The precision-ag technologies available today are so solid that their payback record speaks for itself. The question now has become: How can you afford not to use precision-ag products?

Precision ag is now a mature technology. When asked what’s new in the field, I’d start with active crop-nutrient sensors. They are the Holy Grail of precision ag. Active crop-nutrient sensors make things go full circle and deliver the right amount of material in real time. Over the next three to five years, these sensors will become more active and less predictive. In other words, the prescription fertilizer mix calculated by sensors in front of the applicator will be distributed behind the applicator in the same trip.

We have three players invested in doing this well. Trimble has partnered with the GreenSeeker; Ag Leader has partnered with OptRx and Topcon has partnered with CropSpec. The payback from this technology will come not only from the technology, but also from changing management practices, and that is challenging.

Consider splitting fertilizer applications into more as-needed doses; this shifts more risk onto growers. For example, with mid- to late-season sidedressing, you need to weigh the potential benefits of more targeted nitrogen applications and related environmental benefits against the potential weather risks of not being able to enter your fields at the designated application time.

Certainly floods this summer have reminded many of us of that risk here in central Iowa.

Learning to understand

There’s still work to be done to understand how these products work across a broad range of conditions, but they could reshape the future of nutrient application. Researchers across the country are testing these sensors to help identify the payback.

Next year, we’ll see a few major releases of new displays and other hardware. We’ve already seen a few of these with the winter release of the Ag Leader Integra and the recent announcement of the Trimble CFX-750, the Deere GS3 2630 and the new line of Raven OmniRow planting control products.

Robotics technology has been around for at least 10 years. Most of the major equipment manufacturers have proven robotics technologies and some are commercially available for specialty applications like orchard spraying. Full robotics is still a ways away due to significant safety and liability issues, but continued machine function automation is definitely an industry focus.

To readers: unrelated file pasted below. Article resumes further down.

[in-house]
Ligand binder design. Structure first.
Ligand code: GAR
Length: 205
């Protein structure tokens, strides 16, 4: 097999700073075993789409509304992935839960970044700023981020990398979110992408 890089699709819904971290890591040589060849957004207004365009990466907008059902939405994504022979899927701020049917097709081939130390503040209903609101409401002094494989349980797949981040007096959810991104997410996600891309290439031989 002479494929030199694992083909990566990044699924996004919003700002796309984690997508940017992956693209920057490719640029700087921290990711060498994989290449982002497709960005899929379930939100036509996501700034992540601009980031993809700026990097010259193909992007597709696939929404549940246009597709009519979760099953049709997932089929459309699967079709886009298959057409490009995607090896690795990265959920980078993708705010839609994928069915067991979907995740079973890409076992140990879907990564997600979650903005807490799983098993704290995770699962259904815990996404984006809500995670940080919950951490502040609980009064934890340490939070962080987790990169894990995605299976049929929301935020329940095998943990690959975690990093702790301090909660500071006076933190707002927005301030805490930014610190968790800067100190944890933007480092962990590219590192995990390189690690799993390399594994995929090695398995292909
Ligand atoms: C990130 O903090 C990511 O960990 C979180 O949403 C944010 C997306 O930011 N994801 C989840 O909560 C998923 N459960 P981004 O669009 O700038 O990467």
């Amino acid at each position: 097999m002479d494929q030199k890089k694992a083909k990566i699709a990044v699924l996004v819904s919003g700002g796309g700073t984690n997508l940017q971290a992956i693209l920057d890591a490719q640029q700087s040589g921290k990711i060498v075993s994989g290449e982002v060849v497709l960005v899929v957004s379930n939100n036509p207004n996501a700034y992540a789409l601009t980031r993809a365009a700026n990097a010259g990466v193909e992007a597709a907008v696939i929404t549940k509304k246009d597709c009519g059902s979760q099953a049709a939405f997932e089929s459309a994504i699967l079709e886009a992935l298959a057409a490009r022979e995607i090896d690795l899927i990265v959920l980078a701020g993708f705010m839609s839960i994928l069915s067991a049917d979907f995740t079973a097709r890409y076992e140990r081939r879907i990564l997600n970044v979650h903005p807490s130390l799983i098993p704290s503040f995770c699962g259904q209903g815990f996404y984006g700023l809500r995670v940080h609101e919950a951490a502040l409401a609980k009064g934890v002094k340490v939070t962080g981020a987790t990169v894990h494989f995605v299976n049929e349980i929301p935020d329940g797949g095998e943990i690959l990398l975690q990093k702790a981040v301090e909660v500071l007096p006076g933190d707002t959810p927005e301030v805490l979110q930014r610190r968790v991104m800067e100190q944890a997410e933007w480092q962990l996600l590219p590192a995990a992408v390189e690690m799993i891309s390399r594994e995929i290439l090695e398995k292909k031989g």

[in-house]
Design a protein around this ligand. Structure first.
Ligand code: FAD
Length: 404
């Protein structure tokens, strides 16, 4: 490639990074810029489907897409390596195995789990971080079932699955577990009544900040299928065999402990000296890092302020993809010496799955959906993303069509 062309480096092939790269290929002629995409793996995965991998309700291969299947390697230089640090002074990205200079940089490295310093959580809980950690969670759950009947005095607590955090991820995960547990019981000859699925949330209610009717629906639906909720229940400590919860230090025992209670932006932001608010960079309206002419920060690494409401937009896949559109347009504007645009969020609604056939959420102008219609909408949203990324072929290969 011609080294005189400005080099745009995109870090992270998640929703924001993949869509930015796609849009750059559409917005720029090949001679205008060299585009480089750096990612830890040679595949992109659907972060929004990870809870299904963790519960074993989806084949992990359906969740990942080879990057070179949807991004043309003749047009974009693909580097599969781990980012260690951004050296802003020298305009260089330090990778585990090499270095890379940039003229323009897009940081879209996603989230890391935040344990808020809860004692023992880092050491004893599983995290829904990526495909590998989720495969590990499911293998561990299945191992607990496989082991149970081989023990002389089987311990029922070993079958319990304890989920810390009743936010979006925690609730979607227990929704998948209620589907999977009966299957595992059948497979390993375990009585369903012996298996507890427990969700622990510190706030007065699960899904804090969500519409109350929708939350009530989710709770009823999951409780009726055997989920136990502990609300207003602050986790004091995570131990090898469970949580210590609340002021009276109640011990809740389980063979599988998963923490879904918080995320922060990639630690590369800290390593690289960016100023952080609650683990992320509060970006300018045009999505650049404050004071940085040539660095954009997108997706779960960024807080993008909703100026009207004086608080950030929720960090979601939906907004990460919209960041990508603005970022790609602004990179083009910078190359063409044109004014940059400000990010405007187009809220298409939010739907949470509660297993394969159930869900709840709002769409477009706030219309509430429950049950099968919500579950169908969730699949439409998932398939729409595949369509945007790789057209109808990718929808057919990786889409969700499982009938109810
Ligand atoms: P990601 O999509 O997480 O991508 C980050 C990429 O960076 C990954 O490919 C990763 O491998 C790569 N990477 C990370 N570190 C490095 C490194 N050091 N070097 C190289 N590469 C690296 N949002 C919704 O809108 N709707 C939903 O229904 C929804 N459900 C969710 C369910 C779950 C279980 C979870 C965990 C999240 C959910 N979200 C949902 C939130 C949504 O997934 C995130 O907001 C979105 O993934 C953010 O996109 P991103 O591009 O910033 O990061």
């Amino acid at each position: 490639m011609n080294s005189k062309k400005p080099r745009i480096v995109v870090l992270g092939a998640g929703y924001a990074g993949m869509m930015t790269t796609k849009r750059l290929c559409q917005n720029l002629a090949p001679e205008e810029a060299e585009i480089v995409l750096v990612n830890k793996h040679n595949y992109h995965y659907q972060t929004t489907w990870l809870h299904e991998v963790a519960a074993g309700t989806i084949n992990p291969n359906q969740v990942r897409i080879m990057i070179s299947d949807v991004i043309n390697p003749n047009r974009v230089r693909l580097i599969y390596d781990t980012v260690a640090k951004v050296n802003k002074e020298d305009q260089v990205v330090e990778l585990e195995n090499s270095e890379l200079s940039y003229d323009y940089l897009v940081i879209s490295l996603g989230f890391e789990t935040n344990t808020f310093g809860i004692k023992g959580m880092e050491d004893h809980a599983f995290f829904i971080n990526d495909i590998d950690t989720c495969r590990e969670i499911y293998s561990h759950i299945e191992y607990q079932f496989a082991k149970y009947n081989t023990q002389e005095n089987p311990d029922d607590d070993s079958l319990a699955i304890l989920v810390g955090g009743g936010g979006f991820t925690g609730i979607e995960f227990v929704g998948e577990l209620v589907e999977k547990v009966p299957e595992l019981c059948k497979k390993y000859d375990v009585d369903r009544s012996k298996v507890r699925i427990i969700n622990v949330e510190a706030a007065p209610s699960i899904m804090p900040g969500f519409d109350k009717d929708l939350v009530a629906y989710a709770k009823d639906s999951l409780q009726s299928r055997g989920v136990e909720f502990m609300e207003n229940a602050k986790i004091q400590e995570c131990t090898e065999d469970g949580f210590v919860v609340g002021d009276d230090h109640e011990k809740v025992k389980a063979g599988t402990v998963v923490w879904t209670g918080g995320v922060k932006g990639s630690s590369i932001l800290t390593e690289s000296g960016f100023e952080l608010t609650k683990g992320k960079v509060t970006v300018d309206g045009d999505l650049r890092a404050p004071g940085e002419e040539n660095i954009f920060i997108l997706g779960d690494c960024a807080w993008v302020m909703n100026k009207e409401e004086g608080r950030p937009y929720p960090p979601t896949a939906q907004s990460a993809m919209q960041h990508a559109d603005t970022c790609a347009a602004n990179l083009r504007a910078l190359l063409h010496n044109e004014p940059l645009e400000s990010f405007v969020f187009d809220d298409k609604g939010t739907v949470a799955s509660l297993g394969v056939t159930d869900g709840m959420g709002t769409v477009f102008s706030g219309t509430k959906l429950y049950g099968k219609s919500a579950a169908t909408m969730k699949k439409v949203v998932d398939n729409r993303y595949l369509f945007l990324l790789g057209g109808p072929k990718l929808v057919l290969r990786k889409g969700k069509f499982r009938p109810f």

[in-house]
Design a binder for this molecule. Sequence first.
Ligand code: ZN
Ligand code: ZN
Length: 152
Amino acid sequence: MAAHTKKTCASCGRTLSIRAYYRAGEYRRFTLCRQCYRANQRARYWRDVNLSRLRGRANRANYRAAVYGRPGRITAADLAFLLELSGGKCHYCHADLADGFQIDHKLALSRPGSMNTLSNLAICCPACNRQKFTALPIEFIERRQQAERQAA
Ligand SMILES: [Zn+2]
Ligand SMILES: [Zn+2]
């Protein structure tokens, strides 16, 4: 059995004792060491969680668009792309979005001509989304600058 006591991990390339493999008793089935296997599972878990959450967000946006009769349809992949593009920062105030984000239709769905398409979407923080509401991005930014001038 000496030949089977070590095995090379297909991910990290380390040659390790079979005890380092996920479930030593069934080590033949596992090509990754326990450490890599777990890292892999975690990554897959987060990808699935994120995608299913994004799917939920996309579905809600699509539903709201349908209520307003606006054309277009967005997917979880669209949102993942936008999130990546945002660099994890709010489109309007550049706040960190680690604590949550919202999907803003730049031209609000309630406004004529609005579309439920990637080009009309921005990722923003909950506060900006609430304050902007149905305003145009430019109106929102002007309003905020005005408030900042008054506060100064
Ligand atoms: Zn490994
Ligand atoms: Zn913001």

Removing the driver is not in the foreseeable future, but automating more driver responsibilities is. For example, check out the auto-loading features of the new Claas forage harvesters.

Telematics gaining

Another technology gaining interest is telematics, which provide real-time information among machines. For larger producers with machine fleets, this technology can provide efficiency and data-quality gains.

We’re also going to see a push toward higher-accuracy GPS as more producers adopt auto-swath products and the long-term accuracy benefits of RTK.

Generally, 1,000-acre operations can cost-justify most of these precision-ag technologies available today. To make it feasible for smaller operations, look at multi-purposing; for example, using RTK across several field operations.

Variable-rate planters and auto-swath planters continue to gain interest. Today roughly 75% of large planters are purchased from the factory with hydraulic drives. This provides the hardware needed to implement variable-rate seeding and has led to an increased interest in this area. The decision process behind how to accurately create a variable-rate map is still very much producer specific.

Auto-swath planters are also becoming a norm on larger planters and provide the dual benefit of both saving seed and increasing yields. University studies have seen seed savings with these technologies range from 6% to 16%, and by not double planting in the headland areas the yield in those zones typically increases by about 10 bu./acre.

Not only are growers spreading their variable-rate technology across more field operations, but costs are dropping, too, and product lifecycles are lengthening. In 2004, an RTK auto-steer was $50,000-60,000. Today the cost is $15,000.

We have displays that are now targeted for a five-year lifecycle.

I’m a big fan of CORS (Continuously Operating Reference Stations) products. They will continue to mature and rival their radio-based RTK counterparts. CORS’ cellular-based connectivity provides some unique advantages in areas that do not have widespread availability of radio base stations. The data connectivity link in the cab provides the available hardware to directly transfer yield or application maps from the machine without having to hand off data cards.

About a third of the country has invested in CORS. In 10 years when they need a software or server update, I hope that there will be funding. Today it’s a pretty powerful quality network and the future of RTK for us.

November 2010